1

I've been practicing piano for 4 years. in all those years I had a master and I've been going to a class.I decided to leave my class and practice piano on my own.are there any tips that you could give tell me ? and can I to this or I necessarily need a master?

  • "and I've been going to a class." "decided to leave my class" Why does deciding to leave the class mean you can't take lessons? I think you're better off getting one 90 minute private lesson every four weeks than four 90 minute group classes per month. – Randy Zeitman Apr 24 at 1:28
  • Why did you stop with the classes? That may provide some insight about how to continue – Michael Curtis Apr 24 at 19:32
  • Possible duplicate of Restarting without a teacher – Tim H Apr 25 at 7:10
1

You don't really need a master to learn the piano, but it is better to. I've been teaching myself to play the piano for almost 4 years now, and I've learned a lot. A keyboard with pre-downloaded songs is easier to learn with than a normal piano with weighted keys.

If you want to learn how to play the piano professionally, you can learn from a master. But if you want to play the piano as a hobby, then you can practice and learn by yourself. Some tips:

  • Improvise! Always improvise on the piano. You never know what you will find. A new chord progression that sounds good, a chord that you've never played...

  • Be flexible. You don't always need to follow the fingering written in sheet music, though the fingerings written might be easier for you. But it might not, so use whatever fingering is best for your fingers.

  • 1
    +1 for "you don't need a master to learn the piano." I notice that guitar questions get lots of answers, but piano practice questions get a lot of "you'll permanently damage your hands" or "get a teacher" type answer. – Michael Curtis Apr 24 at 21:15
1

It's not clear from your question whether the "class" you've been taking is a group class or one-on-one lesson. Other commenters have made the cases for studying on your own and for taking individual lessons, and if you've been in a group class so far, those are great options to consider.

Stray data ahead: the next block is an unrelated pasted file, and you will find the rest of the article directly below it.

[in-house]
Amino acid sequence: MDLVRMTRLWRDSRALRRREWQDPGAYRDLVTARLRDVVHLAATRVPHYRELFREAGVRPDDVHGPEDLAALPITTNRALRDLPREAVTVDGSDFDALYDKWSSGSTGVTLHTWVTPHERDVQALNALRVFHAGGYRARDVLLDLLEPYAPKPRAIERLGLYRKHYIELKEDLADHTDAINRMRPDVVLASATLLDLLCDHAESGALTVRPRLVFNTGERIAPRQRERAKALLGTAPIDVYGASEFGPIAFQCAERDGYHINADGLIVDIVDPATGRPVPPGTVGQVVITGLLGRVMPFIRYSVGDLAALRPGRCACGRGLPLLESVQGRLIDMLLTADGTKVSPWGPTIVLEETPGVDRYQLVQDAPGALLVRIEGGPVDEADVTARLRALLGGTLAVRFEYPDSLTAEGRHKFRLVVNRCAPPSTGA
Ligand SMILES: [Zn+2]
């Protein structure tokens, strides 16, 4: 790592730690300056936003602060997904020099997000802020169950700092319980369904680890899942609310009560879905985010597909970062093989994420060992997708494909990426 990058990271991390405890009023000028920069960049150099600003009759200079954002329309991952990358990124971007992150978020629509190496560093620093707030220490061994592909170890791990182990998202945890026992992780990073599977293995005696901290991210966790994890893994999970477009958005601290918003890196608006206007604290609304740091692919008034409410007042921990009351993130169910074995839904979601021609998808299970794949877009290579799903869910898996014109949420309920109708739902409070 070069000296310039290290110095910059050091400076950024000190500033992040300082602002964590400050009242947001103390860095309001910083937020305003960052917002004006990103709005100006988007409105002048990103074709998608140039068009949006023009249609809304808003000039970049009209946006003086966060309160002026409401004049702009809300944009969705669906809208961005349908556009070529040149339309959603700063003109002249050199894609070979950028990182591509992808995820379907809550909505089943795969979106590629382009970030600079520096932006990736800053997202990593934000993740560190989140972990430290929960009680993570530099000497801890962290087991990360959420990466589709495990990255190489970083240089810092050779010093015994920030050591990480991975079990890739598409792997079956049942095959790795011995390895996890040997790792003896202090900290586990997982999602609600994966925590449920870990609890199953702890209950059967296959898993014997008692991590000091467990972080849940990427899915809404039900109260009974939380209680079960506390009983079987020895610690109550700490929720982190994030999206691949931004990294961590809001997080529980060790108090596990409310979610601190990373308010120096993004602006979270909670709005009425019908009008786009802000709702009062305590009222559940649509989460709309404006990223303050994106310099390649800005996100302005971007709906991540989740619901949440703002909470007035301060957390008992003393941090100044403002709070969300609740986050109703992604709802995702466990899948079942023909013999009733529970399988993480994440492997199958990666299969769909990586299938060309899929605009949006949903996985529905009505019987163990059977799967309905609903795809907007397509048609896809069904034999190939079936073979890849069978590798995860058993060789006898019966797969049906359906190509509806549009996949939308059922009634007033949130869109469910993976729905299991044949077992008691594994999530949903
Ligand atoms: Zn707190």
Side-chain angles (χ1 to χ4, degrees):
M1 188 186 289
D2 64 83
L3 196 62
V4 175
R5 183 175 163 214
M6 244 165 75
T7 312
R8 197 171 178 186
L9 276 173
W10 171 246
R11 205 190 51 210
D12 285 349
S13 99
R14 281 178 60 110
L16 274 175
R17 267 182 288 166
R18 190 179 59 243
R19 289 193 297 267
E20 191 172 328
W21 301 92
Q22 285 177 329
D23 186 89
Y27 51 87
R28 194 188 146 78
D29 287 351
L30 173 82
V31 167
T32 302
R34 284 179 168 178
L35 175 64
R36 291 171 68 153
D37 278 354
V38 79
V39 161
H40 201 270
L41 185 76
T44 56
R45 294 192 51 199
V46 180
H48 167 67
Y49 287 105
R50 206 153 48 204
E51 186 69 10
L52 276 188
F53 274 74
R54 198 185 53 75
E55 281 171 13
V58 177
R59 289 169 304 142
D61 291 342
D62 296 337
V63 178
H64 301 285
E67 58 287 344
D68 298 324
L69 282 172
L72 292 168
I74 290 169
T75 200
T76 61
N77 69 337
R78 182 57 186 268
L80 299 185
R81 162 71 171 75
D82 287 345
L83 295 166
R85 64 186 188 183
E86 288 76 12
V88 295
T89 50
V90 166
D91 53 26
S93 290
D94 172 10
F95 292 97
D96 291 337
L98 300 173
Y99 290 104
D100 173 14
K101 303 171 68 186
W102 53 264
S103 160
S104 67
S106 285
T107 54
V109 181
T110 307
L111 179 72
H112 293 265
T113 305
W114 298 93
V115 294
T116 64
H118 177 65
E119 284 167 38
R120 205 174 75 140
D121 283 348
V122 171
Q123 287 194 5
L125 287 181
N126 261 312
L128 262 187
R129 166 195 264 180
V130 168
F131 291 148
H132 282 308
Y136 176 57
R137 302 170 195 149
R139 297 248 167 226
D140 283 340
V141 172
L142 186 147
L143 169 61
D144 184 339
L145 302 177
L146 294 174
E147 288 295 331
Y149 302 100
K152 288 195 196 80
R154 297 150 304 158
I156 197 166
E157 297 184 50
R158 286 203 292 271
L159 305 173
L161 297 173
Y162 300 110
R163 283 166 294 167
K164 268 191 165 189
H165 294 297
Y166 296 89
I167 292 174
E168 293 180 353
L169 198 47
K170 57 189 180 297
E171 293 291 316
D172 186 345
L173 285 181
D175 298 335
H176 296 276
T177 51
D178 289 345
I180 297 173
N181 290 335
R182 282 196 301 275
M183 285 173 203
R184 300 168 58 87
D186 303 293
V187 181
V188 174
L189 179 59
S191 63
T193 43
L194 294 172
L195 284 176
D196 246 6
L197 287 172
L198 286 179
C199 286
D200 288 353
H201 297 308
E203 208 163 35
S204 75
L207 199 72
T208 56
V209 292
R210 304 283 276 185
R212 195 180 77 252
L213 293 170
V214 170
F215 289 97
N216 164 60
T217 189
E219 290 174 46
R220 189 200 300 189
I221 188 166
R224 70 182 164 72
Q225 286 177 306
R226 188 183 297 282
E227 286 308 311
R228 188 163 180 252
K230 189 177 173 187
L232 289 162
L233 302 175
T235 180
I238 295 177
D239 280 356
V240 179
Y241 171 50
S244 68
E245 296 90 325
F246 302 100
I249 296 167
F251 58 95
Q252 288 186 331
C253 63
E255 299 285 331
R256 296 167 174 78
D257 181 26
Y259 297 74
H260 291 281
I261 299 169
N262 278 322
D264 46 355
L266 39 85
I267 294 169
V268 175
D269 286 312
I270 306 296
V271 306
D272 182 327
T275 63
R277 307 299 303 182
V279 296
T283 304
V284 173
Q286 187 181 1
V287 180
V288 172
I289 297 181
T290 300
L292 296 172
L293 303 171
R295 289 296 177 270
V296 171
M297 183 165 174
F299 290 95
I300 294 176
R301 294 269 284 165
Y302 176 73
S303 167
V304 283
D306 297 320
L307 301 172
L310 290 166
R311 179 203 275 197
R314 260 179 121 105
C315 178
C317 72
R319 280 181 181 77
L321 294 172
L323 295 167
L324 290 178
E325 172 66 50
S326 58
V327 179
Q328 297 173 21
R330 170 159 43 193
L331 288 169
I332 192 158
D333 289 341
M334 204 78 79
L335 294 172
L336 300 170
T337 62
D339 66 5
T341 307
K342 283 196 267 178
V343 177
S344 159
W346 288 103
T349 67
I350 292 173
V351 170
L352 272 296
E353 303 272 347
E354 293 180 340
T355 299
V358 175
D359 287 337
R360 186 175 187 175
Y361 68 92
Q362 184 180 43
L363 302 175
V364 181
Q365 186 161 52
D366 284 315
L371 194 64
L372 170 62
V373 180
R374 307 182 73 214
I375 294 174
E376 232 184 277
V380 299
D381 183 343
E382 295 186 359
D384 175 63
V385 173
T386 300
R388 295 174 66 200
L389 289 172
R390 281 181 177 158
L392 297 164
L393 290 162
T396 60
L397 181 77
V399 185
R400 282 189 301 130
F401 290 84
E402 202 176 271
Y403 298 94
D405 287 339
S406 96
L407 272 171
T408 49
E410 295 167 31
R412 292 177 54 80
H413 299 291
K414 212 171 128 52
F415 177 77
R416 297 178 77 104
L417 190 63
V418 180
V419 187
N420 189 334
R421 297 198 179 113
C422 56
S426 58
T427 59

However, if you haven't tried taking group lessons yet, I would encourage you to do so. High-minded traditionalists may say "there's nothing like studying with a tutor," but in my teaching experience, I've noticed that students gain a lot of motivation from having classmates to play along with. In addition to learning from the teacher, you also get to learn from the mistakes of your peers and the strategies they use to overcome difficulties. It's also a great opportunity to socialize.

In the group-lesson setting, the teacher will spend a portion of the lesson moving around the room and work individually with students, which gives you a chance to practice by yourself and identify problems and difficult areas. Contrast this with the one-on-one lesson, where you often only get one "try" at the piece, and it's right in front of your teacher. This can interfere with the teacher's ability to diagnose your difficulties accurately.

1

YouTube is your friend. Search for whatever specific thing you're trying to accomplish, then watch other people doing that thing.

A good thing about having a teacher is that they can help prevent bad habits. That being said, since you've been playing with a teacher and attending a class for 4 years, that sounds like less of an issue.

It all is going to depend on you: how well do you function when left to your own devices? How easy is it for you to practice by yourself? And not just the stuff that you like to play, but the boring stuff and the hard stuff as well.

I never learned how to play by myself; that's a big part of why I stopped being a music major.

  • Isn't the point of this form to be able to discuss practice habits? – Michael Curtis Apr 24 at 19:31
  • @michaelcurtis I mean... it's to discuss music in general, of which practice is but one aspect. I'm not sure what your point is. – John Doe Apr 24 at 20:43
  • Actually, it isn't general, many things are off topic... but, asking about practice is on topic. My point is: answering questions about practicing and self-study with "learn with a teacher" doesn't make this forum all that helpful. – Michael Curtis Apr 24 at 21:13
  • I wasn't trying to imply that practice was off-topic, just that it's only one of a number of appropriate things to talk about. And I think I misread the post before; I thought the OP was more of a beginner. I'm planning on editing my answer. – John Doe Apr 25 at 22:53
1

In my own experience, I found that playing with a group or going to jam sessions had a marked effect on my abilities as a musician. I studied in class and then took private lessons for several years, but eventually realized I wasn't growing musically, only technically. Quite by accident, I stumbled into a situation where some acquaintances were forming a band and I had an chance to join in. It required all of us to learn how to play with each other. I had to learn about what they were doing and they had to learn a little about what I was doing. Eventually, things came together and we were successfully making music together. It taught me that studying is necessary but it only takes me part way. In order to truly know about music I needed to also gain experience. I still study on my own in order to get ready for new experiences and its the combination of those two aspects of learning that have allowed me to grow and develop.

Your Answer

By clicking “Post Your Answer”, you agree to our terms of service, privacy policy and cookie policy

Not the answer you're looking for? Browse other questions tagged or ask your own question.